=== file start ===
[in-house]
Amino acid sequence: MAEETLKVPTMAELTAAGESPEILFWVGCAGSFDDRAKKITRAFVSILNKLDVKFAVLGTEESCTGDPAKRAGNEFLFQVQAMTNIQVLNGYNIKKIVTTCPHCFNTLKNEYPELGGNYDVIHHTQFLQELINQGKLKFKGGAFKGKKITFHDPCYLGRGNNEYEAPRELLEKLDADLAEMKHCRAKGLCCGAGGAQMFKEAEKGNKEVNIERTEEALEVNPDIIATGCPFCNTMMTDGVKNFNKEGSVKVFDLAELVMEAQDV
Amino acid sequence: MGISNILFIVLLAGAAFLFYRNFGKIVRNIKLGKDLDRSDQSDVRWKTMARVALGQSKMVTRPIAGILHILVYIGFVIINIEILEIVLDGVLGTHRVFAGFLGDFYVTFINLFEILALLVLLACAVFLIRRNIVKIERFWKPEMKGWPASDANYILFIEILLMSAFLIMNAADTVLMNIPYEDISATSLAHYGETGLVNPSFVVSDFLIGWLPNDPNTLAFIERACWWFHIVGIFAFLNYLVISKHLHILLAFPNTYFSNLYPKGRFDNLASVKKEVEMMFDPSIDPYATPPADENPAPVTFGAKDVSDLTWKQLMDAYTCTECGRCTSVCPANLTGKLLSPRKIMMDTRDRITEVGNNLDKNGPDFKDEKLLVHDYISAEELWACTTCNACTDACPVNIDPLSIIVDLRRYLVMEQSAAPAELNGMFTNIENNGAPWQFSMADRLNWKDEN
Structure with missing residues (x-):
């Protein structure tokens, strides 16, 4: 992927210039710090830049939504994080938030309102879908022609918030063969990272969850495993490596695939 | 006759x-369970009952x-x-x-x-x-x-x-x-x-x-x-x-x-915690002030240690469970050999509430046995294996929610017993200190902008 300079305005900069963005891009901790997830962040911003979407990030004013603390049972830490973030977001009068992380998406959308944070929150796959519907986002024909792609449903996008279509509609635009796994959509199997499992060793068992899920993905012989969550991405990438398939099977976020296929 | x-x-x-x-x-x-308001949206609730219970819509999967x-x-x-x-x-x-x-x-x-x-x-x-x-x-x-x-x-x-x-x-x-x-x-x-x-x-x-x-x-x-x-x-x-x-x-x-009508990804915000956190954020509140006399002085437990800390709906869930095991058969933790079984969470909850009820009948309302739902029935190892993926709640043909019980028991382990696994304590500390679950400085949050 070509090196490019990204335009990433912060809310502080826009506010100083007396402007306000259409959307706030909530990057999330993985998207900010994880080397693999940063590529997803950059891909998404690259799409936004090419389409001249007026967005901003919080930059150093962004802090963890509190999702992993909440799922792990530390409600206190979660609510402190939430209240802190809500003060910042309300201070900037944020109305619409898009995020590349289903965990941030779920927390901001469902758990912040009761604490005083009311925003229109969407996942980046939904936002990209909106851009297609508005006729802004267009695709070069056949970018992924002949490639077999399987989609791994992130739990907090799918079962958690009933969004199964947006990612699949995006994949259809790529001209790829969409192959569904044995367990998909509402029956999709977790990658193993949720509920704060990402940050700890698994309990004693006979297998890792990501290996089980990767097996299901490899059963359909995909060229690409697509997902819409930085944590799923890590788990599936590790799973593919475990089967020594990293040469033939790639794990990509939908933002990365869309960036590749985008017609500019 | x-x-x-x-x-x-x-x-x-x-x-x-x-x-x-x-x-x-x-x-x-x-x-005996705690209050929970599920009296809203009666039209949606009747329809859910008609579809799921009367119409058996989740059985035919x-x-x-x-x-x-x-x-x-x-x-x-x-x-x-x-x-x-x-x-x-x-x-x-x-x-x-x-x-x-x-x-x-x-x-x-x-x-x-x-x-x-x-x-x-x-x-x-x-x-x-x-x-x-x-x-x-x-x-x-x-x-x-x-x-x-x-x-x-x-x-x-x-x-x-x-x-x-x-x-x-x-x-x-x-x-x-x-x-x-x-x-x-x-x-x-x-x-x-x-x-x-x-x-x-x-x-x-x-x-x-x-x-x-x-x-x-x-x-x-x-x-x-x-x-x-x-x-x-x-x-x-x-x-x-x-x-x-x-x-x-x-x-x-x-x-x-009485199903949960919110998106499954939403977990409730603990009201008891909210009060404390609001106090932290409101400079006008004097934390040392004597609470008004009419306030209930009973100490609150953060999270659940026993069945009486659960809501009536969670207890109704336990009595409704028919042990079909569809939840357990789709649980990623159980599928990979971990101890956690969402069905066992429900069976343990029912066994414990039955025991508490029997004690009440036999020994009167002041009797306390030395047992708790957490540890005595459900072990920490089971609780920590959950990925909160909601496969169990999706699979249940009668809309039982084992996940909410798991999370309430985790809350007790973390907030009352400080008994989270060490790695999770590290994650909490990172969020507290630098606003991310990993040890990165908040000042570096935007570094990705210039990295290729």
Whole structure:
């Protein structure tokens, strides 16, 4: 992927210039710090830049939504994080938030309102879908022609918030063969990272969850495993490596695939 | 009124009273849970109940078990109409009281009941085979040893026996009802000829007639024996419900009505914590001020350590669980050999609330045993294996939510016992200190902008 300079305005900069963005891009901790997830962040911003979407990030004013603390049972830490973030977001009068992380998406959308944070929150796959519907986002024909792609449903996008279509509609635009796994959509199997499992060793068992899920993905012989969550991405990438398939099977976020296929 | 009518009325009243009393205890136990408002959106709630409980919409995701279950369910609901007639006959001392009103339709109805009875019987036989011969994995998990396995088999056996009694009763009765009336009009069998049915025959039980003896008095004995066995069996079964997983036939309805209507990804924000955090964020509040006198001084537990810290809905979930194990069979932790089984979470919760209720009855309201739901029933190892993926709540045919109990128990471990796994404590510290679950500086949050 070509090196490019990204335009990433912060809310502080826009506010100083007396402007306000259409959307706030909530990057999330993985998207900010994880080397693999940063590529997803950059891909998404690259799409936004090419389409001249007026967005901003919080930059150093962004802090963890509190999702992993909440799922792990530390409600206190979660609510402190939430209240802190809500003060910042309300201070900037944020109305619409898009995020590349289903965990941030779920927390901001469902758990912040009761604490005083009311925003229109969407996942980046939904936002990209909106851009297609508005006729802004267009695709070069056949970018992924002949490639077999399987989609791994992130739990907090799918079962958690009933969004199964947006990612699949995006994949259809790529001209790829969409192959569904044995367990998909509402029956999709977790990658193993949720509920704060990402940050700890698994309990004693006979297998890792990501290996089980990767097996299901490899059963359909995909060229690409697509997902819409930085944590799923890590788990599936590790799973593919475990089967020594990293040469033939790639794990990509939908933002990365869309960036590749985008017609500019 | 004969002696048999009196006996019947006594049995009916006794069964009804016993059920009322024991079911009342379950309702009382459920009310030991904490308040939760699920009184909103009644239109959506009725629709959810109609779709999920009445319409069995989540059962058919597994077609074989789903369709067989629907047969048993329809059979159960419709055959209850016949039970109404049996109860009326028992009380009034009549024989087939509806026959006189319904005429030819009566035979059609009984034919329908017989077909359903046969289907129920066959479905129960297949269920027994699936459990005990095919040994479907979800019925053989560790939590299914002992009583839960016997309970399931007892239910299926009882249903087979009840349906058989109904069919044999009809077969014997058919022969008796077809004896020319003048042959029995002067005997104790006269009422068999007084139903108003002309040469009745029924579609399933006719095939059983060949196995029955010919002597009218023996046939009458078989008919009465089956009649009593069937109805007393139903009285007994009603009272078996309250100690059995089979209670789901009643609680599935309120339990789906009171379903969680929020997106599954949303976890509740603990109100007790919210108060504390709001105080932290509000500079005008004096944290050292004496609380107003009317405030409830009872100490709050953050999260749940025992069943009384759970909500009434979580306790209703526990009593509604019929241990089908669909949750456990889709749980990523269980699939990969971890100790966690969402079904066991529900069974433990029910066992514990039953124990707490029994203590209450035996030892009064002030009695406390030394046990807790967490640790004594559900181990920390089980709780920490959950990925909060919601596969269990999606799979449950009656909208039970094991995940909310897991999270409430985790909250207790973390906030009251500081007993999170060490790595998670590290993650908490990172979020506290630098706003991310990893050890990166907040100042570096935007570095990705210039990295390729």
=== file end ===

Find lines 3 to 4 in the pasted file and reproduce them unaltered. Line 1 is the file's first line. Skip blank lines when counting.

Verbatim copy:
Amino acid sequence: MGISNILFIVLLAGAAFLFYRNFGKIVRNIKLGKDLDRSDQSDVRWKTMARVALGQSKMVTRPIAGILHILVYIGFVIINIEILEIVLDGVLGTHRVFAGFLGDFYVTFINLFEILALLVLLACAVFLIRRNIVKIERFWKPEMKGWPASDANYILFIEILLMSAFLIMNAADTVLMNIPYEDISATSLAHYGETGLVNPSFVVSDFLIGWLPNDPNTLAFIERACWWFHIVGIFAFLNYLVISKHLHILLAFPNTYFSNLYPKGRFDNLASVKKEVEMMFDPSIDPYATPPADENPAPVTFGAKDVSDLTWKQLMDAYTCTECGRCTSVCPANLTGKLLSPRKIMMDTRDRITEVGNNLDKNGPDFKDEKLLVHDYISAEELWACTTCNACTDACPVNIDPLSIIVDLRRYLVMEQSAAPAELNGMFTNIENNGAPWQFSMADRLNWKDEN
Structure with missing residues (x-):